South Australia has confirmed its first two cases of coronavirus and Victoria its fourth, bringing the national total to 12.
- The latest cases in Victoria and South Australia take the national total to 12
- There are no public exposure sites and no-one has been identified as having close contact with the woman
- Monash University has announced it will delay classes on campus as some staff and students will not be back in time
Saturday’s three new cases came as Prime Minister Scott Morrison announced DFAT had raised its travel advice for China to its highest level, urging Australians not to travel to the country.
Australia has also imposed strict restrictions on people coming from China, with exceptions given to Australian citizens, residents and their immediate family.
The couple in South Australia, a man and a woman both aged 60, were from Wuhan and visiting relatives in the state.
South Australia’s chief public health officer Nicola Spurrier said they believed no one else in the state had been exposed to the pair.
“All of the right procedures were undertaken so we’re not concerned about spread during that time and they have self-isolated in their home awaiting the results of the test,” Dr Spurrier said.
“I can reassure people that we do not think there has been any contact with anybody else in the state,” she said.
They have been placed in isolation in a public hospital.
Dr Spurrier said 25 people in SA had been tested for coronavirus and earlier today 15 of those tests returned negative results.
The case in Victoria, a woman in her 20s, is a resident of Melbourne and is recovering at home.
She returned from Wuhan, Hubei Provence, on January 25 and became unwell two days later.
She was seen by doctors in a Melbourne hospital on January 30 in accordance with infection control procedures and was assessed as well enough to stay at home.
Health authorities say she was not considered infectious on the flight and she has remained isolated since being tested.
There are no public exposure sites and no-one has been identified as having close contact with the woman.
NT investigates possible first case
Northern Territory health authorities are investigating a potential case of the virus.
Chief health officer Hugh Heggie said test results were expected back from Victorian laboratories on Saturday evening.
The potential case involved a person who arrived on a flight from southern China on Wednesday and was in isolation at home.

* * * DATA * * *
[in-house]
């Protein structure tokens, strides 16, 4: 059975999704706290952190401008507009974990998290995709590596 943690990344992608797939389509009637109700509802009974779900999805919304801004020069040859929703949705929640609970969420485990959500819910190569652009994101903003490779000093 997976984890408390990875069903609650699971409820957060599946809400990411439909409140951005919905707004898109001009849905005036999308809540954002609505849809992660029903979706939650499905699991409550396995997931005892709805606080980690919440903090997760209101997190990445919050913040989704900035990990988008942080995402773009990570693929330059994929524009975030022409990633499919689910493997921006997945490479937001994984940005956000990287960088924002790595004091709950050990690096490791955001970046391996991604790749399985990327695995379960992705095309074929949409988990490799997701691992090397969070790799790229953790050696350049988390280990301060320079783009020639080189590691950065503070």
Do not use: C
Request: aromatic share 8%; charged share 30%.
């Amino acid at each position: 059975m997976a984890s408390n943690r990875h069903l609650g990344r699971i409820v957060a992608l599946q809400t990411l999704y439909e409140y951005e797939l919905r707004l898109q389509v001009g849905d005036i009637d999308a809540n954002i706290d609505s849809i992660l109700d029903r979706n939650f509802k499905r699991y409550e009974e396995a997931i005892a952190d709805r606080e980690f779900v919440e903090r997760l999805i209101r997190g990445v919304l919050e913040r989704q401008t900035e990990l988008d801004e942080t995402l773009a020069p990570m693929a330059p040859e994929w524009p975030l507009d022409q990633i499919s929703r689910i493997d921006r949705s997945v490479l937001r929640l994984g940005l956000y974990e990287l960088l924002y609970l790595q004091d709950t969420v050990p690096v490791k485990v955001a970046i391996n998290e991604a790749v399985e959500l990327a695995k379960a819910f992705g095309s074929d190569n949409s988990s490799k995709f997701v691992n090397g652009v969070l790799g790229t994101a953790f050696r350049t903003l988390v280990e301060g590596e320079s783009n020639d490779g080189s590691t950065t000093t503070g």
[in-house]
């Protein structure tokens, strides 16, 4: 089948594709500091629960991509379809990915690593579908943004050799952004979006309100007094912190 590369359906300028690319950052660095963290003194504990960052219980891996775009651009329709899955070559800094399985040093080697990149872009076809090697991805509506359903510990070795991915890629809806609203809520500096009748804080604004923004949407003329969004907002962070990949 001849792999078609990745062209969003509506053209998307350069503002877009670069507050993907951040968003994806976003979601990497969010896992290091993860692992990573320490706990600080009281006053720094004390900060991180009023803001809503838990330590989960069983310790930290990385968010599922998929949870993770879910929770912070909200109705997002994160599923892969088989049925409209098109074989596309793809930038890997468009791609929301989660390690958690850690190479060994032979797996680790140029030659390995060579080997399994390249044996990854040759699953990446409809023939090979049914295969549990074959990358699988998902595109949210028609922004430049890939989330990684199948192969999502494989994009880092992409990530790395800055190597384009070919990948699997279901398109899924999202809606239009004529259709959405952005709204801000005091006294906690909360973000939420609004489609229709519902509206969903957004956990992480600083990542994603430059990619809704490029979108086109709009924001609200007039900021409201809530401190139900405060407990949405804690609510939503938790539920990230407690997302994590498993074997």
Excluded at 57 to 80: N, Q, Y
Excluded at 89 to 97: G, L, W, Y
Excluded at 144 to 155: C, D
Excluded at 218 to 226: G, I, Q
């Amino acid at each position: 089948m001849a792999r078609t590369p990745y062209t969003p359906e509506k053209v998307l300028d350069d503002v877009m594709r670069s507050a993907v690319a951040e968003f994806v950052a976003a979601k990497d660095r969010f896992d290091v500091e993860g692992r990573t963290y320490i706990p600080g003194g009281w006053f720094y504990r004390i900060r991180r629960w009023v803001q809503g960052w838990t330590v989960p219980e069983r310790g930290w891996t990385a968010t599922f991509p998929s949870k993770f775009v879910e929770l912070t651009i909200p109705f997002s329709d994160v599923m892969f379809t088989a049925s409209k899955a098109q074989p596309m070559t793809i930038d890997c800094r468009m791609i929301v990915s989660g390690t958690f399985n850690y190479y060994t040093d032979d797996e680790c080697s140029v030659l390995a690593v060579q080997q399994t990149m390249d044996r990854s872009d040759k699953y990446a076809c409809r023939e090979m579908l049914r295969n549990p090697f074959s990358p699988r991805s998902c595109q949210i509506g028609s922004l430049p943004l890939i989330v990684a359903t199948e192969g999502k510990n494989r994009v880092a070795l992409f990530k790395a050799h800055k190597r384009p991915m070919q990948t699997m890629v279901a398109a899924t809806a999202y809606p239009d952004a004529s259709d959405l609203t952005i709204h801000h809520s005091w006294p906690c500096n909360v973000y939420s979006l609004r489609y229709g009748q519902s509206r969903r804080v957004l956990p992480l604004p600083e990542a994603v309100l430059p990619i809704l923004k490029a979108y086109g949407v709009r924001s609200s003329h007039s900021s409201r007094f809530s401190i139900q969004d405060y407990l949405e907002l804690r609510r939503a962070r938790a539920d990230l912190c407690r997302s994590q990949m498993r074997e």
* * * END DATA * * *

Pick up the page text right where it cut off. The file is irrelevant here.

Dr Heggie said if the test returned a positive result, the NT had the capability to manage it and urged people to be vigilant.
“If people are unwell, they should contact the national coronavirus telephone line,” he said.
“If their symptoms are increasing, they should contact the emergency department.”
Dr Heggie reminded Territorians the case was yet to be confirmed, and as soon as test results returned, they would be released.
Northern Territory Minister for Health Natasha Fyles echoed the call for Territorians to be “alert, but not alarmed”.
“So what we have here is we have people who have had connection, possibly to this virus, and they have presented with symptoms.
“We do not have confirmation of a coronavirus case.”
Ms Fyles was not able to confirm if Australian patients en route from China to Christmas Island would stop in Darwin.
Government advises China travellers self-isolate
Foreign Affairs Minister Marise Payne said last week that more than 600 Australians had registered as being in Hubei province, of which Wuhan is the capital.
Millions of people in Hubei have been locked down as the Chinese Government fights to contain the spread of the virus.
Australians in Hubei will be flown to Christmas Island for quarantine.
The Centre for Disease Control and the WHO said there had been reports of the virus spreading from an infected patient with no symptoms to others in close contact, but more information was needed to confirm asymptomatic transmission.
Anyone who has travelled in China’s Hubei province should self-isolate for 14 days after leaving, other than when seeking medical care.
Given the lower number of cases in China reported outside of Hubei province, the Victorian Government is recommending people who have recently travelled in other parts of China or other countries do not have to self-isolate at this time.
Queensland Premier wants all flights from China halted
Queensland Premier Annastacia Palaszczuk says she wants all flights to Australia from China to be halted until the coronavirus epidemic is contained.
“I don’t often agree with Donald Trump, but I do agree with the US authorities on this occasion that I think we should take every measure possible to combat this virus,” Ms Palaszczuk said.
She said she wanted “further data” from the Federal Government about people flying into Queensland from China.
“We would like to know where they are so we can actually make sure they are getting the messages and they are self-isolating. I think that is really, really important and I think that’s not just a state issue, I think that’s a national issue,” she said.
What to do if you are worried
The Victorian Department of Health and Human Services has established a coronavirus hotline on 1800 675 398.
Anyone who develops symptoms of fever and breathing difficulty or cough or who have had direct contact with a confirmed case should seek medical help immediately.
Before visiting a GP or emergency department, they are advised to call ahead to advise about recent travel and symptoms.
More on the coronavirus outbreak: